Traumatic spinal cord injuries (SCIs) affect millions of people worldwide; the majority of whom are in the chronic phase of their injury. Unfortunately, most current treatments target the acute/subacute injury phase as the microenvironment of chronically injured cord consists of a well-established glial scar with inhibitory chondroitin sulfate proteoglycans (CSPGs) which acts as a potent barrier to regeneration. It has been shown that CSPGs can be degraded in vivo by intrathecal Chondroitinase ABC (ChABC) to produce a more permissive environment for regeneration by endogenous cells or transplanted neural stem cells (NSCs) in the subacute phase of injury. Using a translationally-relevant clip-contusion model of cervical spinal cord injury in mice we sought to determine if ChABC pretreatment could modify the harsh chronic microenvironment to enhance subsequent regeneration by induced pluripotent stem cell-derived NSCs (iPS-NSC). Seven weeks after injury—during the chronic phase—we delivered ChABC by intrathecal osmotic pump for one week followed by intraparenchymal iPS-NSC transplant rostral and caudal to the injury epicenter. ChABC administration reduced chronic-injury scar and resulted in significantly improved iPSC-NSC survival with clear differentiation into all three neuroglial lineages. Neurons derived from transplanted cells also formed functional synapses with host circuits on patch clamp analysis. Furthermore, the combined treatment led to recovery in key functional muscle groups including forelimb grip strength and measures of forelimb/hindlimb locomotion assessed by Catwalk. This represents important proof-of-concept data that the chronically injured spinal cord can be ‘unlocked’ by ChABC pretreatment to produce a microenvironment conducive to regenerative iPS-NSC therapy.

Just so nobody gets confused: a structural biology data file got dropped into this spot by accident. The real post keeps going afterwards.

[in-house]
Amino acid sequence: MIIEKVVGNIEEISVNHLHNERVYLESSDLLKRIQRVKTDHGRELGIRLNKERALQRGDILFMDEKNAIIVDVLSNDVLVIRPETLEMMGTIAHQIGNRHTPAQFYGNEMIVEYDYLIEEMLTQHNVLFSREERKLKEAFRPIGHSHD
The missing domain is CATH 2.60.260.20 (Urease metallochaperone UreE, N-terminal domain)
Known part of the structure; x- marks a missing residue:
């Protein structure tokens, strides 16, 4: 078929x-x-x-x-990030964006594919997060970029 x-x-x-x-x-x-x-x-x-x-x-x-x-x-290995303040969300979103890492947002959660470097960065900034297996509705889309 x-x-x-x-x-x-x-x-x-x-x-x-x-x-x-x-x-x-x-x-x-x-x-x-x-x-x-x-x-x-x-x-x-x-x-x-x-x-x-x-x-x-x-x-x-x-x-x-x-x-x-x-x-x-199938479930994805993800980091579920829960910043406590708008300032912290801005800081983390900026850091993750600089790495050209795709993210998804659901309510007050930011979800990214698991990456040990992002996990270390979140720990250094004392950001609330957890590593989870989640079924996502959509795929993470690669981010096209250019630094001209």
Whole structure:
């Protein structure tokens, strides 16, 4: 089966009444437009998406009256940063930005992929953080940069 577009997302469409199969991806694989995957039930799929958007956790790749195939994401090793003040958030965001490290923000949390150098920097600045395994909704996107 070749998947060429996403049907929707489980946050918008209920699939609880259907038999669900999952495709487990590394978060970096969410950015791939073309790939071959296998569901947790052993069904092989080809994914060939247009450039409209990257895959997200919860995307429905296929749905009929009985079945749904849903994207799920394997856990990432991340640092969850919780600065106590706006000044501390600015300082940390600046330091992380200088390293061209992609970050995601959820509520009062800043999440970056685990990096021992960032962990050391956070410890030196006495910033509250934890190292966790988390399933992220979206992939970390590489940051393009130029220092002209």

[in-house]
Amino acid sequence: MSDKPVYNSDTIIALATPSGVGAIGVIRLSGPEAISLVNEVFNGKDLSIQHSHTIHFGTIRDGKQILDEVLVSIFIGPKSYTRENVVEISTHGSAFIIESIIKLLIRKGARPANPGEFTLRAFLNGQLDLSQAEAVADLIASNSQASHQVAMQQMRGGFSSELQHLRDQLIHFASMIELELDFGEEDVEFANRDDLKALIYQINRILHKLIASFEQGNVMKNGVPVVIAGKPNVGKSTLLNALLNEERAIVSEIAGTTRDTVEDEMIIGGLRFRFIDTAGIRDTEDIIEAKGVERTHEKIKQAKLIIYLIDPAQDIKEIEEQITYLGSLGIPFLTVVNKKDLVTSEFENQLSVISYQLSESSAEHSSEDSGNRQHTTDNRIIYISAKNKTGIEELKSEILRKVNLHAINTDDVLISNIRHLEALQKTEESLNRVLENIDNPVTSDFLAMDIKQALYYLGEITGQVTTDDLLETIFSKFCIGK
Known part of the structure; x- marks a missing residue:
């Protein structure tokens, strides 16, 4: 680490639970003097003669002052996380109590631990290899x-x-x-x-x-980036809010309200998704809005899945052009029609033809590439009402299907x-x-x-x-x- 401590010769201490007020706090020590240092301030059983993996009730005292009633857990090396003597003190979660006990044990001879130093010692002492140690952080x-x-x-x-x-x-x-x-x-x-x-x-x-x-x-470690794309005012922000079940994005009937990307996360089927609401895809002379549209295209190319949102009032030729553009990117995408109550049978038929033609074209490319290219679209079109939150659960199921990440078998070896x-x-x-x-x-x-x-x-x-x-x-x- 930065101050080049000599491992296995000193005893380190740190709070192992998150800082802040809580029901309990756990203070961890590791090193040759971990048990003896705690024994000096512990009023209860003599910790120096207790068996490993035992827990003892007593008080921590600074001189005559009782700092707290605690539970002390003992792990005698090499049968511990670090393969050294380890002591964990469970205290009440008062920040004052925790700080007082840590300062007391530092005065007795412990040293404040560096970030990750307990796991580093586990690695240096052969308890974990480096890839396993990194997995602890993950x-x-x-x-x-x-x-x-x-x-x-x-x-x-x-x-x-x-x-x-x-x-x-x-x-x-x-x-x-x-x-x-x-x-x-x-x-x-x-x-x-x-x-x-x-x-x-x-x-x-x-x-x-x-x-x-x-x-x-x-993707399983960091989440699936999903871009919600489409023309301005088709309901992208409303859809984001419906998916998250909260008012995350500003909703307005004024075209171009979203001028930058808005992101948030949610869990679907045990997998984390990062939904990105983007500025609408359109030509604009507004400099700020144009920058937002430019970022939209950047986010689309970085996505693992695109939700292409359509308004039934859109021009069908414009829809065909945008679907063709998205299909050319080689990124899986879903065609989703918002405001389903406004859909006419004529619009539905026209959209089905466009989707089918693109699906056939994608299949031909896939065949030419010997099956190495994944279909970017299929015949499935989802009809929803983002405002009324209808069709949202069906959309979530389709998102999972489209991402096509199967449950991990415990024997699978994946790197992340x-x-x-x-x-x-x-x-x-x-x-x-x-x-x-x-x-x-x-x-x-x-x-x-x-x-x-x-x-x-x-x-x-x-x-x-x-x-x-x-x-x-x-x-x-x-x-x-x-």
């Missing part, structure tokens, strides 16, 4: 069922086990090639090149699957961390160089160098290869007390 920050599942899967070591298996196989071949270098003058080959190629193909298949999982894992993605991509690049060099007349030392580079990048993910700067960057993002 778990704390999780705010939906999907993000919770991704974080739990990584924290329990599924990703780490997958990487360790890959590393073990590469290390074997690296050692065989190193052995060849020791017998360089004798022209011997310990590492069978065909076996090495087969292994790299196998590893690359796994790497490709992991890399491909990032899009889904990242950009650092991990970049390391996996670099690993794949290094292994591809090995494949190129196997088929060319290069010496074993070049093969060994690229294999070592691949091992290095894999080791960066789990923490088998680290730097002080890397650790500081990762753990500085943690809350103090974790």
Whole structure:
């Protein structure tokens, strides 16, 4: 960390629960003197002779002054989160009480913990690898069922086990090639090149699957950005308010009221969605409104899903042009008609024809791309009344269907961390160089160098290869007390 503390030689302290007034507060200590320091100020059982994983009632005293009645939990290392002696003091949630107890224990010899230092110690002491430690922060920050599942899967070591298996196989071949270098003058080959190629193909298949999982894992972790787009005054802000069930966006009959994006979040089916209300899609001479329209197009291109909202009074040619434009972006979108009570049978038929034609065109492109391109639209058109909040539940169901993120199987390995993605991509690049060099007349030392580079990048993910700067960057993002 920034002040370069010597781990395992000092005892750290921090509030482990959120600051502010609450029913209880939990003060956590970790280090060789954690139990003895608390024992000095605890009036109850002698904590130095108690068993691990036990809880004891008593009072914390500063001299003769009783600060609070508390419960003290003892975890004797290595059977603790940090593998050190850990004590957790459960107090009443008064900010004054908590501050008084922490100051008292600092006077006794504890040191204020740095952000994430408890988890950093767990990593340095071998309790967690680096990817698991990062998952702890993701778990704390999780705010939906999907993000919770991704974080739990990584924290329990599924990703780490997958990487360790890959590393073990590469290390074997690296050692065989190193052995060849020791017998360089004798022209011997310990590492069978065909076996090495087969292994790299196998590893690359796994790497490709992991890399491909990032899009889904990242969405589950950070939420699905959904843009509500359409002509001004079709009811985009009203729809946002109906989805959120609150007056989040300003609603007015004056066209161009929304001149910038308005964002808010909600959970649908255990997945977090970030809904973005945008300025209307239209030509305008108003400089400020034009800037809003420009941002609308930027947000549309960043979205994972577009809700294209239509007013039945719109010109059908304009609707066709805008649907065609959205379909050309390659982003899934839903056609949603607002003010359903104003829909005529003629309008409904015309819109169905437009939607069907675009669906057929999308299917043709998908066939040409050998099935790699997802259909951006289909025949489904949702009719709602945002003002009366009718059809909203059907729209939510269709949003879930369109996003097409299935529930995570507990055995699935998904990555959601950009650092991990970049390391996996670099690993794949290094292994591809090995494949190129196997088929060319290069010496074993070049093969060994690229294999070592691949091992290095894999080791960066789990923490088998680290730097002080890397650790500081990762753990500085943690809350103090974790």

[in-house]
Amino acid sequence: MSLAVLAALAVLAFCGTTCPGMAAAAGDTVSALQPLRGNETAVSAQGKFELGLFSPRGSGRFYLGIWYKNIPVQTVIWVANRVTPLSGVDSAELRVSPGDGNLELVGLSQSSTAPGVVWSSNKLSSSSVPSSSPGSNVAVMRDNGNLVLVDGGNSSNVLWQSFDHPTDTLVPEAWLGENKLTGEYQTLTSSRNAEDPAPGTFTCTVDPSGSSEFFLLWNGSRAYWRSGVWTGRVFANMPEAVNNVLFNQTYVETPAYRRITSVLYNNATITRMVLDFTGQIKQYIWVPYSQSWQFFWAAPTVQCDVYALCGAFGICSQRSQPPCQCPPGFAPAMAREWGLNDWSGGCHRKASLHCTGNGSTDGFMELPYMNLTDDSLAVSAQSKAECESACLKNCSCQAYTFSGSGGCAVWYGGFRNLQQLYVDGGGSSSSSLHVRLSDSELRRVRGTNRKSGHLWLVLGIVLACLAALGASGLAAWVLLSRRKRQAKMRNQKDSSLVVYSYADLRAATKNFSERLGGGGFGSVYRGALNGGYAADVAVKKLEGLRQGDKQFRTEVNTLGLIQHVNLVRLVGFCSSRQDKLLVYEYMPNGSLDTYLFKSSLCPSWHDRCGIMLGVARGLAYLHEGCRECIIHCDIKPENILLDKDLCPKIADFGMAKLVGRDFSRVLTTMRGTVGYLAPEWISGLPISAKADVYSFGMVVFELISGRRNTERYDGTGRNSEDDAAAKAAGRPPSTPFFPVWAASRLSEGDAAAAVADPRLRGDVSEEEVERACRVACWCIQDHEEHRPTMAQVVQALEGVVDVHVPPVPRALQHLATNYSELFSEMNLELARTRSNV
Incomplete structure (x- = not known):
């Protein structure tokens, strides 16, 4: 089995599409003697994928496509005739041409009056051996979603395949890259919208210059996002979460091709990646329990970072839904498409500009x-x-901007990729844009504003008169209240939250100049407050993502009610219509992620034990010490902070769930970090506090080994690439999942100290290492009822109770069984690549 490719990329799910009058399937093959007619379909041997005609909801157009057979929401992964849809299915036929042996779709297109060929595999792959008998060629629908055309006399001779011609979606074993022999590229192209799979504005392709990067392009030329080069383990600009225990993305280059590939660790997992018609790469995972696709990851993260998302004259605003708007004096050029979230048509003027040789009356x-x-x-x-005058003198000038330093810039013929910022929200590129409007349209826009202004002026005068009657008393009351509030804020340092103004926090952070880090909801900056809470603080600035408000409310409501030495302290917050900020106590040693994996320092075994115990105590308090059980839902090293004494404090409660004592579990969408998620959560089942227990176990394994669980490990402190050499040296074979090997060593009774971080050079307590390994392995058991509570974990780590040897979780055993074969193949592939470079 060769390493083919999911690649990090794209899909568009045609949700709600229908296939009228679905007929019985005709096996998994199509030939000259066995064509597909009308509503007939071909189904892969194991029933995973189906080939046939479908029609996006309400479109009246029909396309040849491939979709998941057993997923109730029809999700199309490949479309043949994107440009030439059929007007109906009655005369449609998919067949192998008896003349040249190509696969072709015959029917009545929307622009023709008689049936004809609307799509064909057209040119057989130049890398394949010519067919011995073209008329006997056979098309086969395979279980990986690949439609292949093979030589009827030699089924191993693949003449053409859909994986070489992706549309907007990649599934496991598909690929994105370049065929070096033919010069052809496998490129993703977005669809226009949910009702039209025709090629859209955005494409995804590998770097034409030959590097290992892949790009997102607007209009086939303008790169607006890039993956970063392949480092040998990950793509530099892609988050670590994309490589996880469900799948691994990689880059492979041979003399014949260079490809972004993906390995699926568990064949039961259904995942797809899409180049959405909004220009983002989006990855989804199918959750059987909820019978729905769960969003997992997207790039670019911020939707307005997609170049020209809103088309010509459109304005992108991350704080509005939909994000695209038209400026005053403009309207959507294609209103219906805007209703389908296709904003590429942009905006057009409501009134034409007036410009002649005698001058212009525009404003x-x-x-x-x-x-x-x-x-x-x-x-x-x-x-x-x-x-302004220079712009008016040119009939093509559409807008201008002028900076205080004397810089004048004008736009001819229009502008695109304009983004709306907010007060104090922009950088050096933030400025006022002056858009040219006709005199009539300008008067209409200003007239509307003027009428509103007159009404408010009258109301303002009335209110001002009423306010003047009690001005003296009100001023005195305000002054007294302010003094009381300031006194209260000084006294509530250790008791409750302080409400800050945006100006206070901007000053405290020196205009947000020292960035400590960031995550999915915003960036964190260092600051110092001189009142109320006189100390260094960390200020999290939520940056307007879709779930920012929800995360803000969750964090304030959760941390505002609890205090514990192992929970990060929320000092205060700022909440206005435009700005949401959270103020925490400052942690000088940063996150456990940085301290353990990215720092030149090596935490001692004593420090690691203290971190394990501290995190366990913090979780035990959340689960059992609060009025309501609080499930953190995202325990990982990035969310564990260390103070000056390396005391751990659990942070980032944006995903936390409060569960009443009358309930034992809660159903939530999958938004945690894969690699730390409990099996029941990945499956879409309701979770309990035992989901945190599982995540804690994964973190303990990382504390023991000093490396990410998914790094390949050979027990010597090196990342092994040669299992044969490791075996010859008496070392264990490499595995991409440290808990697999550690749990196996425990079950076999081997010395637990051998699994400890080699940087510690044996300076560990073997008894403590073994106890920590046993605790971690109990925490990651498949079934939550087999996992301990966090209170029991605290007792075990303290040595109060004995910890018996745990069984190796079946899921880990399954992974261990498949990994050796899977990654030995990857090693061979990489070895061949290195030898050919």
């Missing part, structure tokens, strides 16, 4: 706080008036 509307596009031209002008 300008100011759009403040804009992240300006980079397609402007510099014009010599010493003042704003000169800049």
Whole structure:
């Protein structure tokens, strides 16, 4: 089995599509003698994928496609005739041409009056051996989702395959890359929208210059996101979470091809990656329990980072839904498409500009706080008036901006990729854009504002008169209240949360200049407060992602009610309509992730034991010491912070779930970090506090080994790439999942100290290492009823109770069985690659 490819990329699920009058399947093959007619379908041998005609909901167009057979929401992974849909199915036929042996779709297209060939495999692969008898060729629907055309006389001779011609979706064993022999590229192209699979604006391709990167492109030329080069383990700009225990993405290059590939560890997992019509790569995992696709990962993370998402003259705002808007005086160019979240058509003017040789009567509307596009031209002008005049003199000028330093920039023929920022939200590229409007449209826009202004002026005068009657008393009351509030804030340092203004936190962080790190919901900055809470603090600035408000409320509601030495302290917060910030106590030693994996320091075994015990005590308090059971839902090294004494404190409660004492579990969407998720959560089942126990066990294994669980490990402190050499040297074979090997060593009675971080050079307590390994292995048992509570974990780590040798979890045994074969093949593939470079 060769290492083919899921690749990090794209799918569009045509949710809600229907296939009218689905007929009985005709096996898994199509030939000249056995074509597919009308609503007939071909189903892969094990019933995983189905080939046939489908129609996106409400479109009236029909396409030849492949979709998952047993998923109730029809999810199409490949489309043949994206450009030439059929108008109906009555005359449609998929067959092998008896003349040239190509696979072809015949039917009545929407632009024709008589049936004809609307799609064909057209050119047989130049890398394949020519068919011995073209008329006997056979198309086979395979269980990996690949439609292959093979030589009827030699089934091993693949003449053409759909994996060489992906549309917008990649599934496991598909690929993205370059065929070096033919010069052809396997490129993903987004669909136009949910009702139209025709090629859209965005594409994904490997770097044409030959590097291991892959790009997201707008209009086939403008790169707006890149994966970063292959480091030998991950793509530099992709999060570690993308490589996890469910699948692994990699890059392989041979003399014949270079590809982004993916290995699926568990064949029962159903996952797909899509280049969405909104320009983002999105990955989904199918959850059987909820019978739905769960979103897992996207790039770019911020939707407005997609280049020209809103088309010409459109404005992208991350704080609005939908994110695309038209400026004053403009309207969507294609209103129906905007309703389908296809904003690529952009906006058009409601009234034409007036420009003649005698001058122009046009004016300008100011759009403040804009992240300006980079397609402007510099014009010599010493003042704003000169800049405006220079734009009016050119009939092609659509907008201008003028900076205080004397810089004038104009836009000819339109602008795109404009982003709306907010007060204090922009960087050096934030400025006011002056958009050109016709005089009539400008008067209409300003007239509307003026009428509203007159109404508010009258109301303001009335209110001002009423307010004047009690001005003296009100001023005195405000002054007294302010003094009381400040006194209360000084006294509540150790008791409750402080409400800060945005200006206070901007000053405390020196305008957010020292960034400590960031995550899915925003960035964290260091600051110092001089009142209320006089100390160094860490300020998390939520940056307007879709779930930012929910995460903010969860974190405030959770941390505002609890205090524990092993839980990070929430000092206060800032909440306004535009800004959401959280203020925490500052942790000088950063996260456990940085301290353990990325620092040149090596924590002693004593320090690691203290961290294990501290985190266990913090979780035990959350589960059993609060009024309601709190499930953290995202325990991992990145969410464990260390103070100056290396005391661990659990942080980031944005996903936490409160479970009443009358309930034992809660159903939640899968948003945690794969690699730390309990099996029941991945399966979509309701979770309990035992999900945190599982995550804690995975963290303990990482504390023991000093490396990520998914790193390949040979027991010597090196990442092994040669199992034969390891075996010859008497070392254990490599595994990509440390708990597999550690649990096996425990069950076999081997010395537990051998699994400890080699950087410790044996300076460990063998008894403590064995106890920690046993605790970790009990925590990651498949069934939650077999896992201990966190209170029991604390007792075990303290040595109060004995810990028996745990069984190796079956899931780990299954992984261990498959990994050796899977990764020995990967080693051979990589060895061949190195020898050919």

ASJC Scopus subject areas
- Biochemistry, Genetics and Molecular Biology(all)
- Agricultural and Biological Sciences(all)